Another way Kubernetes helps with scaling applications is by providing self-healing capabilities for services running on top of it. Your application will automatically restart any pods whose containers have crashed or become unhealthy, ensuring that they are always available even if something goes wrong within them. This means that if one instance crashes due to an unexpected error or other problem—such as human error—it will be replaced by another one automatically without any intervention needed on your part!

It's all about the API

Kubernetes is a complex system, but it's all about the API. The API is the interface that you use to interact with Kubernetes. It has many benefits:

  • The API is RESTful and versioned, which means it's easy to use and stable.
  • The documentation for the API is thorough and well-written, making it easy to understand how everything works together.
  • You can find examples of how to use the API in many programming languages on GitHub or by searching online (for example, here).

Clusters, nodes, pods and containers

Kubernetes is a system for automating the deployment, scaling, and management of containerized applications. Kubernetes clusters consist of one or more nodes that run containers to host your application’s components. Each node runs one or more containers and provides them with resources such as CPU, memory and networking.

Clusters have two distinct types of nodes: master nodes and worker nodes. Master nodes provide API services to the cluster’s users; worker nodes handle the work of running pods (the basic unit for scheduling workloads on Kubernetes). Pods are groups of closely related containers; each pod is scheduled onto one or more workers according to resource constraints defined by its configuration file. Containers within a pod share an IP address space, volumes, some network namespaces and other resources provided by their host machine (i.e., they are “containerized”).

The lifecycle management of all pods within a cluster is managed by kubelet daemons on each machine in the cluster; these daemons respond to requests from clients such as KUBERNETES_TASK_ID=$(date +%Y%m%d) . Pods can be thought of as ephemeral entities - they exist only within their hosts until they are deleted or moved elsewhere through replication controllers - whereas containers persist even after being stopped because they use bind mounts instead (i.e., referencing files outside themselves).

Benefits of using clusters

The benefits of using clusters include:

  • Scalability. A Kubernetes cluster can be scaled easily to handle more workloads and users. The cluster is self-healing, which means that if a pod goes down, it will automatically restart (called auto-restarting). This eliminates the need for human intervention when something goes wrong with a pod. It also means that you don't have to worry about monitoring your pods 24/7 as they'll be automatically restarted if they crash or otherwise fail.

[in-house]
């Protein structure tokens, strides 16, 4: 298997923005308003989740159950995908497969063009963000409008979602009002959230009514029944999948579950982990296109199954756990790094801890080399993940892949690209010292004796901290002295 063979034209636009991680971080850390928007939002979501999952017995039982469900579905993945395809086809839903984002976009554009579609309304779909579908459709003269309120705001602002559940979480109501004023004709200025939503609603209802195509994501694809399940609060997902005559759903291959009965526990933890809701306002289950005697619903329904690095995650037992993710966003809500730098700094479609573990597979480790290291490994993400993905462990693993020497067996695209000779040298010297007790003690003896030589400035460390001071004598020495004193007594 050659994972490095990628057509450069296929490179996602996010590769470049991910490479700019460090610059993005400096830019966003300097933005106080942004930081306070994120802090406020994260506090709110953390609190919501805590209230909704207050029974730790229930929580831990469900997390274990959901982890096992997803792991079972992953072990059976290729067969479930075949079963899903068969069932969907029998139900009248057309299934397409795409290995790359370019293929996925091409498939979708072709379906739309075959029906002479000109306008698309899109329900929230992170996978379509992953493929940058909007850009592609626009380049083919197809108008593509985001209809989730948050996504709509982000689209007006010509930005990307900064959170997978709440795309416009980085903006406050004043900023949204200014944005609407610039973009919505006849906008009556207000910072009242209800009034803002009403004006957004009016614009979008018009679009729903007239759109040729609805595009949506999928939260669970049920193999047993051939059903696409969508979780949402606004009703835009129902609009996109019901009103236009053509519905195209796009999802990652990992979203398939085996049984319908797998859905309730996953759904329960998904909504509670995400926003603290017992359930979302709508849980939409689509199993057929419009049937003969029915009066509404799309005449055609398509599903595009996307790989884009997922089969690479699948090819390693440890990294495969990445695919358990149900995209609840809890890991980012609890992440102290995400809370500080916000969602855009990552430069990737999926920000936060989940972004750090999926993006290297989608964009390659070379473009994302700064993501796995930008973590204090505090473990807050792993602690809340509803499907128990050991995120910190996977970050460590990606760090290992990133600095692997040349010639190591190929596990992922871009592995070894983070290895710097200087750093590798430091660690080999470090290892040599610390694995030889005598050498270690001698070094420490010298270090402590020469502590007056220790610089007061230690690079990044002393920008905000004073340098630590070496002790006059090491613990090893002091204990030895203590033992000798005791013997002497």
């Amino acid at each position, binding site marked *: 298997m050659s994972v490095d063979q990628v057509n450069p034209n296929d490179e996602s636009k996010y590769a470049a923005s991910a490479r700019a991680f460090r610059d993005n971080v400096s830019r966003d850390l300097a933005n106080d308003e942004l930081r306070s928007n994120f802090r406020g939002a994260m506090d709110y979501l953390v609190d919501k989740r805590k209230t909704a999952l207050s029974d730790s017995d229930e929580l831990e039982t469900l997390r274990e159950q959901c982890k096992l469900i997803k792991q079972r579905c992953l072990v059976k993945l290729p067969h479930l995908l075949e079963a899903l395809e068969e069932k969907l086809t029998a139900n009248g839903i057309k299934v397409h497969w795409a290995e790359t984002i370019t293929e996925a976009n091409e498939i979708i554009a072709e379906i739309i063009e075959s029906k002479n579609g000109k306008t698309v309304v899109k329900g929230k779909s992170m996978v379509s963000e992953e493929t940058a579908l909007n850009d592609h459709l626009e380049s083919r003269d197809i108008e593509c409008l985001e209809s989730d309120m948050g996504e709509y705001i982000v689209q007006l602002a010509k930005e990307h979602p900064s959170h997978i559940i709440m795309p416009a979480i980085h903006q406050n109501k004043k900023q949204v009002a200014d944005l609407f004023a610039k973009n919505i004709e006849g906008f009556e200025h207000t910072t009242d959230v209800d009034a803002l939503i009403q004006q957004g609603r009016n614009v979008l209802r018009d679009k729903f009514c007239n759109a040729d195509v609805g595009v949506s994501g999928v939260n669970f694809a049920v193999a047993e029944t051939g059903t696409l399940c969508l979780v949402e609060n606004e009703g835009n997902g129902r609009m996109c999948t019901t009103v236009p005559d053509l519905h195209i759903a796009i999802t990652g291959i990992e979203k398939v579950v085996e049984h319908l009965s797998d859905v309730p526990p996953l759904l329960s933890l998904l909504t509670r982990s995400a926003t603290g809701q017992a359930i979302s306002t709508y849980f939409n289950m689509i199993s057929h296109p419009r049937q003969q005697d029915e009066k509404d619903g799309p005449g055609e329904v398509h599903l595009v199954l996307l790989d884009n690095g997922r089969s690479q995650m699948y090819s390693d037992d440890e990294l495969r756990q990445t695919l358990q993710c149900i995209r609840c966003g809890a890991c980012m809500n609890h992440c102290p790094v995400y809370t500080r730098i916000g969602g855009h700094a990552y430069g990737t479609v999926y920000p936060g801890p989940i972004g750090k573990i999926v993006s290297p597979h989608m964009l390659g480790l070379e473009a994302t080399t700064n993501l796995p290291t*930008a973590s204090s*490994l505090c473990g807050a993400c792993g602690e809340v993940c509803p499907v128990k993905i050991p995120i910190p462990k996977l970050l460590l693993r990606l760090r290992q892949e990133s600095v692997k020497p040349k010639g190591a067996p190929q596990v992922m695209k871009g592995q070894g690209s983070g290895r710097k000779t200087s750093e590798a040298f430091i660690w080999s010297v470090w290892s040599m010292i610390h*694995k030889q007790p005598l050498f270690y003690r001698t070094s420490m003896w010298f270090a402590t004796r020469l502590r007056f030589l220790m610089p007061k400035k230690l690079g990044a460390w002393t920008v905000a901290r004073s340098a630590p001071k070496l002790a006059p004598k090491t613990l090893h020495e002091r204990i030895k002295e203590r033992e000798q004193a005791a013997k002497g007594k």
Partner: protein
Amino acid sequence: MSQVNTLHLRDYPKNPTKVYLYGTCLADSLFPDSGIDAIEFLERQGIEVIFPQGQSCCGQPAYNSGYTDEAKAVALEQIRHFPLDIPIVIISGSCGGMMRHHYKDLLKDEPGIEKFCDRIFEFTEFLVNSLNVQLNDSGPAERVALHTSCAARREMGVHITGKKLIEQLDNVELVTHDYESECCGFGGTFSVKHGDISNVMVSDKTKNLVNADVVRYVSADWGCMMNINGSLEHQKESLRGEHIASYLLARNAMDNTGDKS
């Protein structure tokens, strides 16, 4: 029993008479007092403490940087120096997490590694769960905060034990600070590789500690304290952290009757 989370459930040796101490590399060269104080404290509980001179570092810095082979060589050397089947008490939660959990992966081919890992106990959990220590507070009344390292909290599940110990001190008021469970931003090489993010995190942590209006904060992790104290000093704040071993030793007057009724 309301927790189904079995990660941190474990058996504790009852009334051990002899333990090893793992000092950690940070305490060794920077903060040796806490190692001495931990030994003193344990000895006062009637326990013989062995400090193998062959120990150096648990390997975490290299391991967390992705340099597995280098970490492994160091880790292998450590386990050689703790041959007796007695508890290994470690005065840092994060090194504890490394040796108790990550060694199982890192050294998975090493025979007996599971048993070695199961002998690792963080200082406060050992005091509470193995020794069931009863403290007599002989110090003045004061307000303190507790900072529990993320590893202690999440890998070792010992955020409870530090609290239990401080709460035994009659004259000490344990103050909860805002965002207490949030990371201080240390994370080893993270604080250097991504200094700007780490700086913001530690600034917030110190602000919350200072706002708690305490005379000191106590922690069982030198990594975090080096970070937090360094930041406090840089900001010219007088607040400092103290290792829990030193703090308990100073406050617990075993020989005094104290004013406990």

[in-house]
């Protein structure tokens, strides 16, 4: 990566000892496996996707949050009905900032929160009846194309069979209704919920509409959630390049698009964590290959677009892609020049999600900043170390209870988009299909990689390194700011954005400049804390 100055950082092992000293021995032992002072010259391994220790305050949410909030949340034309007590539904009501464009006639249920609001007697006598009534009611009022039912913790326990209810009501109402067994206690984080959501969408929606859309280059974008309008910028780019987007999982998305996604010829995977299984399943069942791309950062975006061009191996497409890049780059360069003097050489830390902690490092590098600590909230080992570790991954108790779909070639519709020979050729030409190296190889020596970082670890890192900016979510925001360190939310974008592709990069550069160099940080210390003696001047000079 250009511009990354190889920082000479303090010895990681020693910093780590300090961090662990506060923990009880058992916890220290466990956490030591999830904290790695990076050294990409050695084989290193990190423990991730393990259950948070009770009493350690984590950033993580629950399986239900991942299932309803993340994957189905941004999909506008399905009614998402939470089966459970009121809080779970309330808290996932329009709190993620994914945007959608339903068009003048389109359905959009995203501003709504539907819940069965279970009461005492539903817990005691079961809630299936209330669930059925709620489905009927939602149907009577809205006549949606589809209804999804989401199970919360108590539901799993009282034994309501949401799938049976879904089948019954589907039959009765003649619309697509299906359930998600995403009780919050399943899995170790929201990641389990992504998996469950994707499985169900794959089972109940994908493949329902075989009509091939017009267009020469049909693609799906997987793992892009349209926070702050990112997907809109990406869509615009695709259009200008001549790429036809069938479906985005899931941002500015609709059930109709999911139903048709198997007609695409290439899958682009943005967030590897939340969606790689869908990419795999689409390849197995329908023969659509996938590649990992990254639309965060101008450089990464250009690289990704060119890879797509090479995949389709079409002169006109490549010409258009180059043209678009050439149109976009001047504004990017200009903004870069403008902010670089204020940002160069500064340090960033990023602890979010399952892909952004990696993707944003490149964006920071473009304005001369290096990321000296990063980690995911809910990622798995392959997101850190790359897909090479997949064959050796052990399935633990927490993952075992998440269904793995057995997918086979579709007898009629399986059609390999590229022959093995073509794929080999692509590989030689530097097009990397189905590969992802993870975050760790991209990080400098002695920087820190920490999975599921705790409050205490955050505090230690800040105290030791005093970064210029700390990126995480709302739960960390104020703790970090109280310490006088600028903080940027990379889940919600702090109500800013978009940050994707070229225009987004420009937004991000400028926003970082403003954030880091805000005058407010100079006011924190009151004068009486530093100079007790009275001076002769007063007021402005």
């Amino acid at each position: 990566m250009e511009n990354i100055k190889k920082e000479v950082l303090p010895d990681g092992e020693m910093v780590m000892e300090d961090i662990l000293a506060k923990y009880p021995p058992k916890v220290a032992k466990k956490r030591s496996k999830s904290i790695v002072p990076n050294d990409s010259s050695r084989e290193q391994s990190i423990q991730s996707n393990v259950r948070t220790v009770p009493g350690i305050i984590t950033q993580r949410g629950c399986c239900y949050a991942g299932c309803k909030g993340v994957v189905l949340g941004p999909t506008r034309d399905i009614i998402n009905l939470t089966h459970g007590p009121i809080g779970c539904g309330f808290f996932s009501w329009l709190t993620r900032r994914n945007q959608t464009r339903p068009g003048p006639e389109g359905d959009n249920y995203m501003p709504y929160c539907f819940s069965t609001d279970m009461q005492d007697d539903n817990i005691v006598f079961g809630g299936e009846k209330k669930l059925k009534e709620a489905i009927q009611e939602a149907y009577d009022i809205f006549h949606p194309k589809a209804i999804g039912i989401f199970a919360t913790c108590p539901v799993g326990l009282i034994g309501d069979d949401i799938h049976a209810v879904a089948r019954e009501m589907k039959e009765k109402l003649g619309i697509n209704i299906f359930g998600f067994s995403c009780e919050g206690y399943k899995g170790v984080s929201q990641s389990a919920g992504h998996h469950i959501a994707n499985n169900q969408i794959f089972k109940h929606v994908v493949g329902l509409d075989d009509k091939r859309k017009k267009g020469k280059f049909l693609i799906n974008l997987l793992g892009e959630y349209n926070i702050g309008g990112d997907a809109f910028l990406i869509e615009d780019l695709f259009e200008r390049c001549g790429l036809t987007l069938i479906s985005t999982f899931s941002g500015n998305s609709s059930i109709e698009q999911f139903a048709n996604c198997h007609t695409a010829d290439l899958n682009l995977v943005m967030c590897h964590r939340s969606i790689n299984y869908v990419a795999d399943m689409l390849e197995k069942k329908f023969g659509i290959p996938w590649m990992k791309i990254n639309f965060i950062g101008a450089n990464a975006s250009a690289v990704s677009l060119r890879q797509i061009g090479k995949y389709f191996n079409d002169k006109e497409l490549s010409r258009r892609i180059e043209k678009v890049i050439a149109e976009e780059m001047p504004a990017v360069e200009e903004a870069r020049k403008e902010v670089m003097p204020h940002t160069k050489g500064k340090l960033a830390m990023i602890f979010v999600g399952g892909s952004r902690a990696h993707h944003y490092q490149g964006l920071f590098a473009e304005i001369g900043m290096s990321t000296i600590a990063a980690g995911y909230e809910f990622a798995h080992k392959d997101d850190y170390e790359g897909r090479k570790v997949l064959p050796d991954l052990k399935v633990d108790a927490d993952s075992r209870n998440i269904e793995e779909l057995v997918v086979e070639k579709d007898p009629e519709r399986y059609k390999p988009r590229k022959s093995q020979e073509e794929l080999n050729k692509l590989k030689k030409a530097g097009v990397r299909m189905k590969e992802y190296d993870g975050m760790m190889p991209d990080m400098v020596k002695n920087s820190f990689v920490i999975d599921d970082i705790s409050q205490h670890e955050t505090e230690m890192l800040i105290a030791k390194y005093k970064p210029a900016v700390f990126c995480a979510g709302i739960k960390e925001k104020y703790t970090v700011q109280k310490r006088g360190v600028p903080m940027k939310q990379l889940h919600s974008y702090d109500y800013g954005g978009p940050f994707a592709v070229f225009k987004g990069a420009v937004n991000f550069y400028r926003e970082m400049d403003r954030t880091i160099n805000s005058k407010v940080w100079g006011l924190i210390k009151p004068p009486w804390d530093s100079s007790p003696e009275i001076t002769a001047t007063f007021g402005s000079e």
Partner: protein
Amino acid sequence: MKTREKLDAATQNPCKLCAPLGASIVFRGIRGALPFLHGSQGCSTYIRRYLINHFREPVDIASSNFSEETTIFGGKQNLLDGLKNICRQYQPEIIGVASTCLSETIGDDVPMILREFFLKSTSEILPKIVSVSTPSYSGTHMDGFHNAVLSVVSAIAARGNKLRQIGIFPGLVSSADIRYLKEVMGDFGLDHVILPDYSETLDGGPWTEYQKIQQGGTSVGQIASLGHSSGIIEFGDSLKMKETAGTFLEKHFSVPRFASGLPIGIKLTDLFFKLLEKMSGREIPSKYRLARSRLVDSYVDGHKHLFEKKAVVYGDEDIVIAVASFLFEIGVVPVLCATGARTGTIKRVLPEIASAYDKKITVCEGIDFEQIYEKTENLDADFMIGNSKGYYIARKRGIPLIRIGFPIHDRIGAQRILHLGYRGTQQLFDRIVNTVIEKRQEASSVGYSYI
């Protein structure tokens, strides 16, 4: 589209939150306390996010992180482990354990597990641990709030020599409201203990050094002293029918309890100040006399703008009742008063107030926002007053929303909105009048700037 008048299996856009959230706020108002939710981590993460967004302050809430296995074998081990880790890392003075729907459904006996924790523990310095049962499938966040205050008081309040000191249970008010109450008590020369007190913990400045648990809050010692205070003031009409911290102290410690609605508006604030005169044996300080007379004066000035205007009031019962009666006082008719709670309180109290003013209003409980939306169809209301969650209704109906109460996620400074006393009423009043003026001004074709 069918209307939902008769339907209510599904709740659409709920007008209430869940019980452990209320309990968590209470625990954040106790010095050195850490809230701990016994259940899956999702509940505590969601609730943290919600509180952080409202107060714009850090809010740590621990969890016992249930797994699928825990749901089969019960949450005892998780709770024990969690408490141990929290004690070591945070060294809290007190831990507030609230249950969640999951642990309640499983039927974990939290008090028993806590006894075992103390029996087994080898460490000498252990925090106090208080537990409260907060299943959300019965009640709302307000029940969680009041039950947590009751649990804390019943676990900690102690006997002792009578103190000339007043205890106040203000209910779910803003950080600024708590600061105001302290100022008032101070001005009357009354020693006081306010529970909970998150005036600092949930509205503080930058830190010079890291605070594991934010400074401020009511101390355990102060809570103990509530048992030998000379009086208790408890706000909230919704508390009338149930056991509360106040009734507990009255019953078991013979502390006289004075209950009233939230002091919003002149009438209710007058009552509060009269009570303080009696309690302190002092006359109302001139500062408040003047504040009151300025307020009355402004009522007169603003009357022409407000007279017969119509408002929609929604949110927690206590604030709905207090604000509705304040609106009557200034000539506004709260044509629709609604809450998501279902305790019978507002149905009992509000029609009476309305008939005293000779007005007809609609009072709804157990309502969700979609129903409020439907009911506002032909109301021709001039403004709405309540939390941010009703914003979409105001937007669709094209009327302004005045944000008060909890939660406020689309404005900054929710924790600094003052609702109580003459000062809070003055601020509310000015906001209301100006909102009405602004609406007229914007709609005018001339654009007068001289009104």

• Automation. Setting up a Kubernetes cluster is easy and automated, so there are no lengthy manual steps required when adding new applications onto it or updating existing ones—you just tell the system what needs changing, and the rest takes care of itself! Once everything's in place, scaling up your application becomes simple; add more instances whenever necessary by telling Kubernetes what services need to be scaled up or down (called autoscalability).
  • Centralization/multi-tenancy . Because all containers run on one shared host operating system image instead of having separate OS instances running on each machine within an application stack like traditional VMs do (which can lead towards increased overhead), containerized deployments are much lighter overall than traditional VMs

If you need to run containerized applications in a production environment, you should consider using Kubernetes.

Since Kubernetes is an open source platform for automating deployment, scaling, and management of containerized applications, it's a great tool for managing containerized applications.

Kubernetes is a platform that allows you to deploy and manage containerized applications. It was originally created by Google in 2014 as an internal project to automate their own infrastructure. The project was made public in 2015 under the Apache 2 license, and it has rapidly gained popularity since then because of its simplicity and ease of use.

Takeaway:

Kubernetes is a powerful tool for managing containerized applications. It's the best choice for running containerized applications in production, and it’s the most popular container orchestration system in the world.

Kubernetes is built on Google’s internal experience running containers at scale. It was open-sourced by Google in 2014 and has been growing rapidly ever since. Kubernetes has become an important part of Cloud Native Computing Foundation (CNCF), which aims to drive cloud native technologies into production at scale.

Conclusion

Kubernetes is an open source container orchestration tool that runs on top of the same technology used by Google. It can be used to deploy, manage and scale applications in a production environment.

Keyvan Kasaei

A Business & Technology Leader, Keyvan drives the Strategy and Sales at Padiso